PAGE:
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Punk gone postal
Primary Stylistic Influences:
Secondary Stylistic Influences:

New Wave's Darker and Edgier cousin (also a good deal more innovative in retrospect).

When punk began to have a defined sound about 1976/77, several bands decided to take the basic energy of punk (play your instruments yourself, regardless of technique, and don't copy others, Do It Yourself, start a record label), not indulge in rock clichés/posing (and that included spurning the Blues and the usual/Cliché Rock music and, in some cases, chordal progression and even Punk Rock itself) and experiment with more complex structures and rhythms, fusions with other genres and/or more synthesizers. These included, but were not limited to, Dub, Krautrock, Funk, and even Disco. Some of these bands included Joy Division, Gang of Four, The Pop Group, The Fall and Killing Joke.

With the genre's penchant for experimentation and willingness to borrow from other music genres, post-punk became to punk rock what Progressive Rock was to rock music.


Several other post-punk bands were formed from or after being part of regular punk bands; such as Magazine, formed by Howard Devoto after leaving the Buzzcocks, and Public Image Ltd., formed by John Lydon after leaving Sex Pistols, whilst fellow punk groups such as Wire and The Damned simply outgrew their early sound and became far more musically ambitious.

Even The Clash were inspired by its experimental nature at times (though they were far more conservative and "rockist" than the Post Punk bands, particularly considering their dismissal of the synthesizer), and also several mainstream New Wave artists that had major success in The '80s started out as Post-Punk acts (both the Eurythmics and The Human League started out in underground Post-Punk before going with their more successful Synth-Pop/Dance-Rock sounds. In a similar fashion Love and Rockets and My Bloody Valentine started in Post-Punk on their first albums before abandoning it and going with Danceable Alternative Goth and Shoegazing respectively).


It was mainly a British thing (most non-British bands failed to get much recognition), though in retrospective some American and Australian bands were well aware of the British scenes. Some of these included the American bands Pere Ubu (formed before the rise of Punk Rock) and Mission of Burma, Australia's The Birthday Party, and Ireland's U2. An American offshoot was No Wave, which was more focused on an anti-rock approach (not much dissimilar to that of Public Image Ltd., in the sense of wanting to wipe out Rock music and start from scratch), musical extremism, and art dilettantism. This included James Chance, Mars, Lydia Lunch, Swans, and several other bands, mostly from New York City.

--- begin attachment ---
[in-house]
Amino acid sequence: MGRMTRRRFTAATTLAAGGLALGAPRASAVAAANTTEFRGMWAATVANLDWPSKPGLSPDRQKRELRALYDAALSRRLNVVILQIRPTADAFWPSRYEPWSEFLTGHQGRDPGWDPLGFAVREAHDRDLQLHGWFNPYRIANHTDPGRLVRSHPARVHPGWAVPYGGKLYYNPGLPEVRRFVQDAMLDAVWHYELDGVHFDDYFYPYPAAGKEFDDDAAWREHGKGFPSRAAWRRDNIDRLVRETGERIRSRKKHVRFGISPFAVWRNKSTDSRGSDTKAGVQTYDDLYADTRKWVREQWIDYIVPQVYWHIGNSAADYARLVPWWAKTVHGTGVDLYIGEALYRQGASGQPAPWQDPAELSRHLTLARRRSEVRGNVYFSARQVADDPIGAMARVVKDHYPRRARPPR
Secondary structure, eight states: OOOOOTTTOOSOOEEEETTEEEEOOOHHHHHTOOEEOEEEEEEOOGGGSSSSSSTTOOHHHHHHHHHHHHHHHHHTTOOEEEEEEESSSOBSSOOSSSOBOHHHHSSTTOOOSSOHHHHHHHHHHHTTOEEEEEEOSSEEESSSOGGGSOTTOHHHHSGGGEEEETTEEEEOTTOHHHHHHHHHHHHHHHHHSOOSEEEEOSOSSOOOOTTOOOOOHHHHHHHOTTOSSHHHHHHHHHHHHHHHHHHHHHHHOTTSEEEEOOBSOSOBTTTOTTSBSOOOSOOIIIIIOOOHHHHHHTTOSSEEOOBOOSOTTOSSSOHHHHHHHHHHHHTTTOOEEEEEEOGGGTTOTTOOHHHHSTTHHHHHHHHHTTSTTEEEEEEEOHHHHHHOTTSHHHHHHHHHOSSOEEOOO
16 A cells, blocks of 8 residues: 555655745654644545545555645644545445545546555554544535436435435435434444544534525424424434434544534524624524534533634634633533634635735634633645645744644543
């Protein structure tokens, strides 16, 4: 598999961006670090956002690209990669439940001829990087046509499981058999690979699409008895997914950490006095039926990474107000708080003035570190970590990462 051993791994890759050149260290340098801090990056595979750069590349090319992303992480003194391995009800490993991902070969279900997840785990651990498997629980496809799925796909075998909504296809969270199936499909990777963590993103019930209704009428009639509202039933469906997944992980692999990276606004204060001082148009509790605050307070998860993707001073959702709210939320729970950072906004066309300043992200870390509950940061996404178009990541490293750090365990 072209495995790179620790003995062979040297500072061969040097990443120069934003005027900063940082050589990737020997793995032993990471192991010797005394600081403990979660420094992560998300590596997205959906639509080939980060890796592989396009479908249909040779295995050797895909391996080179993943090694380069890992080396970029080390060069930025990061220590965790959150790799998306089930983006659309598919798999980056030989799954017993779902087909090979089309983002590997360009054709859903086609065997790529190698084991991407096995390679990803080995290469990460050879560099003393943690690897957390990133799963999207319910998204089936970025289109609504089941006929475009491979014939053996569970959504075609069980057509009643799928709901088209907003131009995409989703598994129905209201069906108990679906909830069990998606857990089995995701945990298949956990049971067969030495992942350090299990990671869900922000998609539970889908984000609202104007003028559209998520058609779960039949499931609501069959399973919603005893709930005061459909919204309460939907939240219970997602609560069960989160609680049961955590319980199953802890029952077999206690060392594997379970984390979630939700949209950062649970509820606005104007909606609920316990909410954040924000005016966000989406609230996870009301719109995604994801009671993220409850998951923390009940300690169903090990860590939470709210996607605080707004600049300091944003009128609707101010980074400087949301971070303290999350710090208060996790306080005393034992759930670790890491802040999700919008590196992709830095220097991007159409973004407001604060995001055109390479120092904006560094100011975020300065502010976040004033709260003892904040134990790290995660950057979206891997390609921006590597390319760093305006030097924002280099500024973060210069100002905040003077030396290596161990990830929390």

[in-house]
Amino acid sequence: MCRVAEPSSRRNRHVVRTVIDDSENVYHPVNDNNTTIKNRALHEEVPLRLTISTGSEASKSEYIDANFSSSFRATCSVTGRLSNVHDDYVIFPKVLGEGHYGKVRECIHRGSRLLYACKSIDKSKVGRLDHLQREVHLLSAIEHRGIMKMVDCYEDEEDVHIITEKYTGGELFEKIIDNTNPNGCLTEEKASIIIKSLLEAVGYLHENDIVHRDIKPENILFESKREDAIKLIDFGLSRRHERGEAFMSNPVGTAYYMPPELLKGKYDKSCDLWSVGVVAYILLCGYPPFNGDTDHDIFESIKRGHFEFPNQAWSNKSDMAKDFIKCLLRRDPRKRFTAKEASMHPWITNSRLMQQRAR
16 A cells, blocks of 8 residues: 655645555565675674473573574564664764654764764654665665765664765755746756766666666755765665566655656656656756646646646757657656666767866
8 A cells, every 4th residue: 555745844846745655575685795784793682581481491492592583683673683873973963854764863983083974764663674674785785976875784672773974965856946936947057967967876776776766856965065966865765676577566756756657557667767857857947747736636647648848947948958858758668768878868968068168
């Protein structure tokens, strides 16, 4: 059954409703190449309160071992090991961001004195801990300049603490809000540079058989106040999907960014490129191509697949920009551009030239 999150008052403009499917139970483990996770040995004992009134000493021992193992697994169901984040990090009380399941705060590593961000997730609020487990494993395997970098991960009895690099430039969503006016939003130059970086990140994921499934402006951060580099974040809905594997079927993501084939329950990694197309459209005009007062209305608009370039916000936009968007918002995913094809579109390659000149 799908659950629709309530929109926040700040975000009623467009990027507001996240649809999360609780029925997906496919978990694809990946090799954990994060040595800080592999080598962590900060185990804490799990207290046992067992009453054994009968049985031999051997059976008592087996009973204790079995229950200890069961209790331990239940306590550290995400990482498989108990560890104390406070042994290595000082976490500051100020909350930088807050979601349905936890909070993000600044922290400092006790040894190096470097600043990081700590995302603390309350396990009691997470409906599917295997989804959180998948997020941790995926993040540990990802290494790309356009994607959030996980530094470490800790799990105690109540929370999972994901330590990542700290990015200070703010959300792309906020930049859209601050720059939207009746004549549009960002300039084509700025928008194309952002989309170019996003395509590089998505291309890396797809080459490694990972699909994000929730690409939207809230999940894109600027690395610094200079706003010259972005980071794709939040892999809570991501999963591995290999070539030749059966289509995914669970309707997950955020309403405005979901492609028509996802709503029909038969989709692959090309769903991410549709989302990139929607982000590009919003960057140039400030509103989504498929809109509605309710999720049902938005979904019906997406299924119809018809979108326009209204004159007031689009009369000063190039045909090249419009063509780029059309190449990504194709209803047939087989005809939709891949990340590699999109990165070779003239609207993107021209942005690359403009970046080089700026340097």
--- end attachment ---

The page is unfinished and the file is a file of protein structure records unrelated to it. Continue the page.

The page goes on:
The important thing one has to notice about Post Punk is that, especially in retrospective, it's more a musical aesthetic than a genre with a set of rules.

Eventually, post-punk petered out when the original bands turned away from its sound and went in several musical directions. Among others, Joy Division changed their name to New Order after lead singer Ian Curtis's suicide and adopted a more synth-driven Alternative Dance style, Talking Heads and Ultravox became new-wave pop bands, and The Cure, Siouxsie and the Banshees and many other bands became Goth Rock pioneers. Post-Punk was also a huge inspiration for the Alternative Rock of the 80's.

Recently, post-punk has had a bit of a revival in indie rock as of late, with bands such as Interpol, Modest Mouse, The Libertines and Franz Ferdinand having commercial success. When people talk about more commercial, mainstream indie rock, or so-called "NME bands" (due to the magazine promoting these bands heavily), this is frequently the kind of thing they mean. However, a case could be made that almost all of these later bands missed the point of Post Punk, as Simon Reynolds claimed in his books "Rip It Up And Start Again" and "Totally Wired", since they didn't progress and evolve in the end, instead going backwards and basically emulating their musical heroes and influences.

Not to be confused with Post-Cyberpunk, which is a science-fiction story genre.

A list of major or influential post-punk bands and artists (in alphabetical order):

A shorter list of post-punk revival bands: